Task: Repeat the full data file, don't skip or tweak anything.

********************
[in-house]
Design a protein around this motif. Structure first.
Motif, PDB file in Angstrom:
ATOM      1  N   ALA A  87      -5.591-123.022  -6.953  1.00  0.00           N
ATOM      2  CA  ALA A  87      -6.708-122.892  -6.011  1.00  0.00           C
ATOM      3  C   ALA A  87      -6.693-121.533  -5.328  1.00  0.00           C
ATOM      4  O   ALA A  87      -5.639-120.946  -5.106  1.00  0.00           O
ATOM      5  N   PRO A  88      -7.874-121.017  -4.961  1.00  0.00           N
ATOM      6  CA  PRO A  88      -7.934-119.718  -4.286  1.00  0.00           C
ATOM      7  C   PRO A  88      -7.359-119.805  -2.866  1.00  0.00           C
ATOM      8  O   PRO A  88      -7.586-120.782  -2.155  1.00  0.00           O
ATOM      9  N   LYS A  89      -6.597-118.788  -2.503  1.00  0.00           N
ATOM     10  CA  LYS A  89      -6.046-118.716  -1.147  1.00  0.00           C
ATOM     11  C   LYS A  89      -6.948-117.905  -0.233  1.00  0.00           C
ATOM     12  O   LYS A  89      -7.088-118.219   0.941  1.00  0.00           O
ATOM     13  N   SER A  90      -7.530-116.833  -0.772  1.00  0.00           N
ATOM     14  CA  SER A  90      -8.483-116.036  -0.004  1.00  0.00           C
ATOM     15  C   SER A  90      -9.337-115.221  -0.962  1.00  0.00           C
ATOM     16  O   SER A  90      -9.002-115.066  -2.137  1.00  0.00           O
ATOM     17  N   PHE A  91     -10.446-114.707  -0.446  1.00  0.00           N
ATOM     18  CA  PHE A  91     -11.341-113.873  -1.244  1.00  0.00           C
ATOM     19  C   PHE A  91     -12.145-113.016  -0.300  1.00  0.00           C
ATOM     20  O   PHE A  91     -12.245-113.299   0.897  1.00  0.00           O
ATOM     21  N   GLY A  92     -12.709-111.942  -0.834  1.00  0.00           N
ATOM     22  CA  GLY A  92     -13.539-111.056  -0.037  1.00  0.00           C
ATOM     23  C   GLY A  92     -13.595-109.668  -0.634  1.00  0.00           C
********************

[in-house]
Design a protein around this motif. Structure first.
Motif, PDB file in Angstrom:
ATOM      1  N   ALA A  87      -5.591-123.022  -6.953  1.00  0.00           N
ATOM      2  CA  ALA A  87      -6.708-122.892  -6.011  1.00  0.00           C
ATOM      3  C   ALA A  87      -6.693-121.533  -5.328  1.00  0.00           C
ATOM      4  O   ALA A  87      -5.639-120.946  -5.106  1.00  0.00           O
ATOM      5  N   PRO A  88      -7.874-121.017  -4.961  1.00  0.00           N
ATOM      6  CA  PRO A  88      -7.934-119.718  -4.286  1.00  0.00           C
ATOM      7  C   PRO A  88      -7.359-119.805  -2.866  1.00  0.00           C
ATOM      8  O   PRO A  88      -7.586-120.782  -2.155  1.00  0.00           O
ATOM      9  N   LYS A  89      -6.597-118.788  -2.503  1.00  0.00           N
ATOM     10  CA  LYS A  89      -6.046-118.716  -1.147  1.00  0.00           C
ATOM     11  C   LYS A  89      -6.948-117.905  -0.233  1.00  0.00           C
ATOM     12  O   LYS A  89      -7.088-118.219   0.941  1.00  0.00           O
ATOM     13  N   SER A  90      -7.530-116.833  -0.772  1.00  0.00           N
ATOM     14  CA  SER A  90      -8.483-116.036  -0.004  1.00  0.00           C
ATOM     15  C   SER A  90      -9.337-115.221  -0.962  1.00  0.00           C
ATOM     16  O   SER A  90      -9.002-115.066  -2.137  1.00  0.00           O
ATOM     17  N   PHE A  91     -10.446-114.707  -0.446  1.00  0.00           N
ATOM     18  CA  PHE A  91     -11.341-113.873  -1.244  1.00  0.00           C
ATOM     19  C   PHE A  91     -12.145-113.016  -0.300  1.00  0.00           C
ATOM     20  O   PHE A  91     -12.245-113.299   0.897  1.00  0.00           O
ATOM     21  N   GLY A  92     -12.709-111.942  -0.834  1.00  0.00           N
ATOM     22  CA  GLY A  92     -13.539-111.056  -0.037  1.00  0.00           C
ATOM     23  C   GLY A  92     -13.595-109.668  -0.634  1.00  0.00           C